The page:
Tesla CEO Elon Musk confirmed on Twitter this past weekend that Tesla’s vehicles maintain a reserve of 5 to 15 miles of range even after the in-dash display shows that the battery is fully empty.
The tweet came in response to a tweet from Tesla YouTuber DÆrik who was in the middle of an attempt to hit a new range record in a Model 3 which he ended up doing in splendid fashion, driving just over 606 miles in a mind-numbing 32+ hour marathon around Denver, Colorado.
In a curious twist, the record breaking trip pushed the Model 3 to the limit when the car finally just stopped in a parking lot but showed that the 75kWh car used only 66kWh of power. It’s hard to argue with 606 miles on a charge, but the kilowatt-hour reading leaves a bit of a question mark hanging over the event.
Can the 75kWh Model 3 actually use all 75kWh of the battery, and if so, what portion of that is the reserve? The learnings that come out of events like this, adventures that push the limits of the car’s battery literally until it dies, are often the ones that lead to new features, new tweaks to the software, or new information from Tesla as it explains how its vehicles actually work at a more technical level than we might otherwise learn.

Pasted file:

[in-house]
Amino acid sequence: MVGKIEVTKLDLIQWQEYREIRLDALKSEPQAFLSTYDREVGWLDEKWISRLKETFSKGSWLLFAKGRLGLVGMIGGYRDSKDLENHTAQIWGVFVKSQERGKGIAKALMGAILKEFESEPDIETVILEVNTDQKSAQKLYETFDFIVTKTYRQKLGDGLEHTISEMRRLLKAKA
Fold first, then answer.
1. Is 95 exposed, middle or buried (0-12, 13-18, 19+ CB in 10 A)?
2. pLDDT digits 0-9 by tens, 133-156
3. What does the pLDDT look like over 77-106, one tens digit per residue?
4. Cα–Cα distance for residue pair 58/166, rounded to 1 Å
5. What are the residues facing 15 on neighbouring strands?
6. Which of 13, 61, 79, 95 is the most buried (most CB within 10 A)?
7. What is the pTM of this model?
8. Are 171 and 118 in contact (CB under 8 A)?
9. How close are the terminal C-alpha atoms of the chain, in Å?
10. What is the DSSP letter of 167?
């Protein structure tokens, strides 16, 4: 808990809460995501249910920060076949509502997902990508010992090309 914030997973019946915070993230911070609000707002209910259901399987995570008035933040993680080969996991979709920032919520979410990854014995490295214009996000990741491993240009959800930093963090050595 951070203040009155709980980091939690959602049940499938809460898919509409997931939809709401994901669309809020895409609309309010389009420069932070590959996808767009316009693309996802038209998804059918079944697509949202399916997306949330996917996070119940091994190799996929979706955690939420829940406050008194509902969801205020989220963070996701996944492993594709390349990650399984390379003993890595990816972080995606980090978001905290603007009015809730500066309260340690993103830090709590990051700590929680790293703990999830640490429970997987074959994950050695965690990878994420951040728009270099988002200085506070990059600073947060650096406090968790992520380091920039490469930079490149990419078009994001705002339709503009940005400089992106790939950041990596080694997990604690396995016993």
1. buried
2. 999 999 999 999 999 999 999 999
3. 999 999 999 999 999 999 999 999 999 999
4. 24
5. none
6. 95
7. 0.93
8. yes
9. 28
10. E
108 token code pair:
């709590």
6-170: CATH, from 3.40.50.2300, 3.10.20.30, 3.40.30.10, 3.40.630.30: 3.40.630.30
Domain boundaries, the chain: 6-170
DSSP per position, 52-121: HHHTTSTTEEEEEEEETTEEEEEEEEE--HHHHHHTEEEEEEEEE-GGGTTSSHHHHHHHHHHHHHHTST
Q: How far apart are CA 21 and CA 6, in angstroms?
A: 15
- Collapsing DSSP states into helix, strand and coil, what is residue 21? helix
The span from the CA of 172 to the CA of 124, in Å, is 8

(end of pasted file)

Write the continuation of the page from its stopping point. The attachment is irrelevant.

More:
On that note, we reached out to Tesla to confirm what, exactly, the usable battery capacity is of the Model 3 and if the reserve is included in that. As always, we’ll update the article if and when we hear back, but until then, it will be up to the rogues and rule breakers to find out where the limits are and just how capable (or incapable) this new breed of vehicle is.
Either way, Elon’s confirmation that Tesla’s vehicles have life after death is great news and will surely push hypermilers to the next level to break electric vehicle endurance records with the Model 3 and beyond.